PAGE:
1 The case for Referral Fees CLAIMS STANDARDS COUNCIL The Claims Standards Council do not believe that you can ban referral fees Lord Justice Jacksons final report which was published on January 14 th this year which amongst other things has suggested that referral fees should be abolished or alternatively that as a fallback position that a maximum amount of 200 be allowable- a figure that seems to be based no scientific or statistical basis. To summarise the position of referral fees since the Access to Justice Act Access to Justice Act- referral fees not allowed hence convoluted business models meaning back-door referral fees, the rise of Claims Direct and The Accident Group, malpractice, grossly inflated ATE premiums all of which led to satellite litigation, technical challenges and an industry meltdown change in the Solicitors Referral Code- simplification of new business models through transparency with minimal interference with the solicitors, which has resulted in the most stable period that the personal injury industry has enjoyed for a long time and has increased access to justice for the man in the street. The Jackson future- once again driving business underground resulting in the former malpractices and hence technical challenges and instability within the marketplace. A future not in line with a modern commercial world in which we all live and work. Basically a notion of legislating against market forces! So the biggest question of all is What is a referral fee? The answer to this depends very much upon terminology, which is a very dangerous thing- referral fees, acquisition costs, marketing fees, introduction fees, memberships etc. If a solicitor spends half his budget with an advertising agency and the other half with a claims management company who are effectively a marketing company who specialise within the personal injury field
2 are both referral fees and only the latter? The term referral fee seems to be used by certain people to imply an evil and unusual action specific to the world of personal injury claims- in the CSC s opinion it s seems to be used to deliberately and unfairly to single out CMCs. It is the year 2010! Solicitors are business people who aren t in this marketplace just to help people but they are business men and women looking to be commercially successful. The fact of the matter is they all operate within a free, open, commercial market where those who are successful will survive and those who are unsuccessful will fall by the wayside. Believing that you can operate a law firm based solely upon members of the public finding you through the APIL or MASS web-sites (which no member of the public would ever have heard of) or by walk-ins off the street will almost certainly result in failure. So you outsource to the most cost effective provider which in all likelihood would be a CMC. With the millions and millions of pounds being spent by CMCs and solicitors collectives alike the public are now not only aware of their rights to redress but they are also aware of the choices they have- whether that be through a CMC or going directly to a firm of solicitors or performing their own research on the web- so in practice the referral fee part of the personal injury market has actually performed a public service by empowering the public and giving them choices in the absence of any state funded campaign. Any other business within any other field that had goods or services on offer to the public would advertise their offers to attract the public so why not within the field of personal injury? A solicitor running his own practice and who has a budget which he hopes will allow him to attract members of the public have several options as to how they can spend that budget: Direct advertising, nationally or locally. Advertising through collective arrangement with other solicitors, such as National Accident Helpline. Employing business development managers whose task is to get business through making and exploiting relevant contacts.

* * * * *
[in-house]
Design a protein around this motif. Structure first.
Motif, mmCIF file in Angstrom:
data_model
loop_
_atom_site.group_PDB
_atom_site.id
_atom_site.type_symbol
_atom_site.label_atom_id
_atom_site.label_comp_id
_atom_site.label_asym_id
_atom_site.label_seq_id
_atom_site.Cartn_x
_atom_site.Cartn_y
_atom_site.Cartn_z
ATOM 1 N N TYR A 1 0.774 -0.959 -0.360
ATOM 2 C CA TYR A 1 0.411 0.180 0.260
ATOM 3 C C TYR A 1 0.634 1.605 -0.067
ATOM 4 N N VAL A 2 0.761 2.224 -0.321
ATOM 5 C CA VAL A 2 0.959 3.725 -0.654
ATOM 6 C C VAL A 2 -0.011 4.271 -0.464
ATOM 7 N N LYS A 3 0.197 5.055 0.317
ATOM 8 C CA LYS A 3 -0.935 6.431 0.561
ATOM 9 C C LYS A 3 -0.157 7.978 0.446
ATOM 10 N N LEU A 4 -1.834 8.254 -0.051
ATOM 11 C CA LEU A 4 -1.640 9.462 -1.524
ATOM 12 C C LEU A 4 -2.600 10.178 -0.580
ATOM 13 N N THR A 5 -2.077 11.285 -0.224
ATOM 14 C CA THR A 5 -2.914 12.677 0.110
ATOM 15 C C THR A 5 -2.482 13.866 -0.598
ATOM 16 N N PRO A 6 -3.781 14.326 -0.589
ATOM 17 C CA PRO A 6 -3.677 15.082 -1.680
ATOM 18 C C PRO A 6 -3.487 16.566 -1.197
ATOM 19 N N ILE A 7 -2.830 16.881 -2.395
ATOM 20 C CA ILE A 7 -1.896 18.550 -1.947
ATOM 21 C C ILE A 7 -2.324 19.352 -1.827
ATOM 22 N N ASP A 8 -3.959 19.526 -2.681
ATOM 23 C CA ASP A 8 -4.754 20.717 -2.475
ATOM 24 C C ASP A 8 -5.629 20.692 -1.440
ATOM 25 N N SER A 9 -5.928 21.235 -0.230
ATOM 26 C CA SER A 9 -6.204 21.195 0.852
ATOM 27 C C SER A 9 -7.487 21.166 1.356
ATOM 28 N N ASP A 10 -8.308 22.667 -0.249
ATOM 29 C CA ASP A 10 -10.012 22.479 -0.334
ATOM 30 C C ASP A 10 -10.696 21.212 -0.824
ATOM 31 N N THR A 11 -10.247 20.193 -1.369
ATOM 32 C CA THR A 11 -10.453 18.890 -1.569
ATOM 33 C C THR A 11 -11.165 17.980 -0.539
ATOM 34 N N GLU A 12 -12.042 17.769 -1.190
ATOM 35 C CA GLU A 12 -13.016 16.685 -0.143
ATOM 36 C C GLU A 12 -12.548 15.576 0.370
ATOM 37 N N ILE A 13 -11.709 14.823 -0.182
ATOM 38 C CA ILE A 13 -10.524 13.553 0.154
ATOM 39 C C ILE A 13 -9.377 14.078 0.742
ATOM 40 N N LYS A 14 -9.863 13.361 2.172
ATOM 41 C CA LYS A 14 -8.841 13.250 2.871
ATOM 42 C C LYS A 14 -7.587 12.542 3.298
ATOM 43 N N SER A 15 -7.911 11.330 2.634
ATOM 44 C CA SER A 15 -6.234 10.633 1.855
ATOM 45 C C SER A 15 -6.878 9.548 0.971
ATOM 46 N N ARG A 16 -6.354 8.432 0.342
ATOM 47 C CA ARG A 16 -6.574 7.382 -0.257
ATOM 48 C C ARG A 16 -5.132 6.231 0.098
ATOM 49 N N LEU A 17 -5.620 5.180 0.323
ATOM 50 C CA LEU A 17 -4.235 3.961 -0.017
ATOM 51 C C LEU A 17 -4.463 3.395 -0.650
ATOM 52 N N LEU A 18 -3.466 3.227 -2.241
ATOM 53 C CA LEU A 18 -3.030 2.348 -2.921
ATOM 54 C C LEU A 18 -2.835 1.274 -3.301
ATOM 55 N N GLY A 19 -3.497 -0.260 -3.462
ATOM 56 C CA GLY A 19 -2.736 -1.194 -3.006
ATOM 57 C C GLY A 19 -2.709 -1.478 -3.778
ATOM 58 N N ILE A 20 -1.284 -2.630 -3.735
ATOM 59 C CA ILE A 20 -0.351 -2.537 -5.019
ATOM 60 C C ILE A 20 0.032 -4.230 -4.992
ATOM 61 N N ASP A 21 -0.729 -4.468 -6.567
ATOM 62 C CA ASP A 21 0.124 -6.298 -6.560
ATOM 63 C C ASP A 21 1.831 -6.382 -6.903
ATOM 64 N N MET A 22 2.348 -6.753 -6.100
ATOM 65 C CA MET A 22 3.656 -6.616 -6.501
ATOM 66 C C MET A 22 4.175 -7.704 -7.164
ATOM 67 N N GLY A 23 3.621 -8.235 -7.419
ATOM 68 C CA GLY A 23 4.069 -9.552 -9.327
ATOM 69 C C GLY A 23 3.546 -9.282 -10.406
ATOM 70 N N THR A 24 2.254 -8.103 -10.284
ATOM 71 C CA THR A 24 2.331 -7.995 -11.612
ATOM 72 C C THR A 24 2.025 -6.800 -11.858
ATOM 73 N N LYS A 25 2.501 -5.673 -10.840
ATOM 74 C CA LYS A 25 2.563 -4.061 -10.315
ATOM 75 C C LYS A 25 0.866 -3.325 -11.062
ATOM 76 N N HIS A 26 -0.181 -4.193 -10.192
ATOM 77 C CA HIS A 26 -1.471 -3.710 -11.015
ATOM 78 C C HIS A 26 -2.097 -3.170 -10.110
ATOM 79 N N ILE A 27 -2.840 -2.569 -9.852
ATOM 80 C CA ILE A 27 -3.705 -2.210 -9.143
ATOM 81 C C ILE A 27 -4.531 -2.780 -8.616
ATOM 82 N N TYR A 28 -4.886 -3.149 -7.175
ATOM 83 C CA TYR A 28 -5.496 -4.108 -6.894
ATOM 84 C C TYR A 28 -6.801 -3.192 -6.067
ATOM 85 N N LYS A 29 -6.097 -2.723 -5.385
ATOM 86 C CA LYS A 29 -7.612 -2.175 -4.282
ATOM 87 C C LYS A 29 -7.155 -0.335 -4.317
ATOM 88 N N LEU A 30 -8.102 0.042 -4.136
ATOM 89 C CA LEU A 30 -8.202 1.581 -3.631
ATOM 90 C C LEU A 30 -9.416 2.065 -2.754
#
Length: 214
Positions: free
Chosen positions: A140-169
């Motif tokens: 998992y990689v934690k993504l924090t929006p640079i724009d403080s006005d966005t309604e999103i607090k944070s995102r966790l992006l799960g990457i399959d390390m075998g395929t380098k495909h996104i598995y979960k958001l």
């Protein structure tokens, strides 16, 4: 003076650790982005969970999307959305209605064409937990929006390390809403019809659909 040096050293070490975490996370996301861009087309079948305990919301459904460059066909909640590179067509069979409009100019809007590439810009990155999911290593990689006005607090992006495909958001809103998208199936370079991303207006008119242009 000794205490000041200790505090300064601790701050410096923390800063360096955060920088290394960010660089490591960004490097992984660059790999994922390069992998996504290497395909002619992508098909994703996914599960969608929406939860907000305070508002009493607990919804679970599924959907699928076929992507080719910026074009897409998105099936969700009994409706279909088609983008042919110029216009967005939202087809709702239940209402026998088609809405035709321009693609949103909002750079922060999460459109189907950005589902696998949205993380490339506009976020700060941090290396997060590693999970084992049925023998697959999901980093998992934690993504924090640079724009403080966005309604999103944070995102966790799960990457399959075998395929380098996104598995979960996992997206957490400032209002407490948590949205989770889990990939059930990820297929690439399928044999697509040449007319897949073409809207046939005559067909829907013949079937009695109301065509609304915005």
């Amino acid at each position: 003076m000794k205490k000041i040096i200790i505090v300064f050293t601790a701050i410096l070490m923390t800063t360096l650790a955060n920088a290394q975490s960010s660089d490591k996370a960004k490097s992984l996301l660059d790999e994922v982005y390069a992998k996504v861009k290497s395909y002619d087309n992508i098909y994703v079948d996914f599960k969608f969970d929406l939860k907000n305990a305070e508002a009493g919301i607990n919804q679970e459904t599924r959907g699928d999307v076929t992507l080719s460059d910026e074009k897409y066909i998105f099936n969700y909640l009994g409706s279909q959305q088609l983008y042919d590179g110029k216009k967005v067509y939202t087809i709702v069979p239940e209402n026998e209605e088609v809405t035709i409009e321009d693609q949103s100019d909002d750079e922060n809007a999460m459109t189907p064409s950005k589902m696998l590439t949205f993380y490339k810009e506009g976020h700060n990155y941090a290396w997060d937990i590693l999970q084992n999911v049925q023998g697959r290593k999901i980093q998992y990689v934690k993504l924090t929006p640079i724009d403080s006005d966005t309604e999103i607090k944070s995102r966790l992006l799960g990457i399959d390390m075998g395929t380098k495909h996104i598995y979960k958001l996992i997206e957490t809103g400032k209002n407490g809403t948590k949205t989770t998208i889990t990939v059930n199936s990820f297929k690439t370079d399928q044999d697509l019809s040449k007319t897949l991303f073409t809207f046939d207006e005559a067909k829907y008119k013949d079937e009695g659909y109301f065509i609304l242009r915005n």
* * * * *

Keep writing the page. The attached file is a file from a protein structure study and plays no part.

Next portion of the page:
3 Paying fees to businesses that are able to introduce cases that in turn have used one or more of these methods more economically. Furthermore, where a solicitor works for fixed fees (as are used in RTAs and will no doubt become more wide-spread for other types of fast track cases), whose business is it other than the individual solicitors to decide what percentage of their gross fees they wish to apportion to the acquisition of cases? Surely in a free marketplace where that solicitor is able to decide the level of acquisition cost they are comfortable with and is under no contractual obligation to take work at an unreasonable level, those suppliers of work will survive or fail depending upon the reasonableness of the cost of the cases they are offering- in other words in a free market the price for acquisition of work will naturally find its own level. No-one can argue that referral fees have to be fair, reasonable, transparent and proportionate. So on that basis what are some of the benefits of referral fees? 1. They promote access to justice. This is done by Claims management companies increasing awareness of the right of those who have suffered accidents to claim compensation and by facilitating the claims process. They provide the marketing and case management skills that are essential in any consumer facing service industry where the product is opaque and most people use the service only once. 2. They provide business to solicitors. Solicitors can obtain personal injury claims only if their service is marketed, directly, by marketing agencies acting on their behalf or by a claims management company. Referral fees are a marketing cost in the same way as direct advertising or the costs of employing business development managers. People respond to advertising and other marketing which is why it is done! Abolishing referral fees would have no effect on marketing costs; it would merely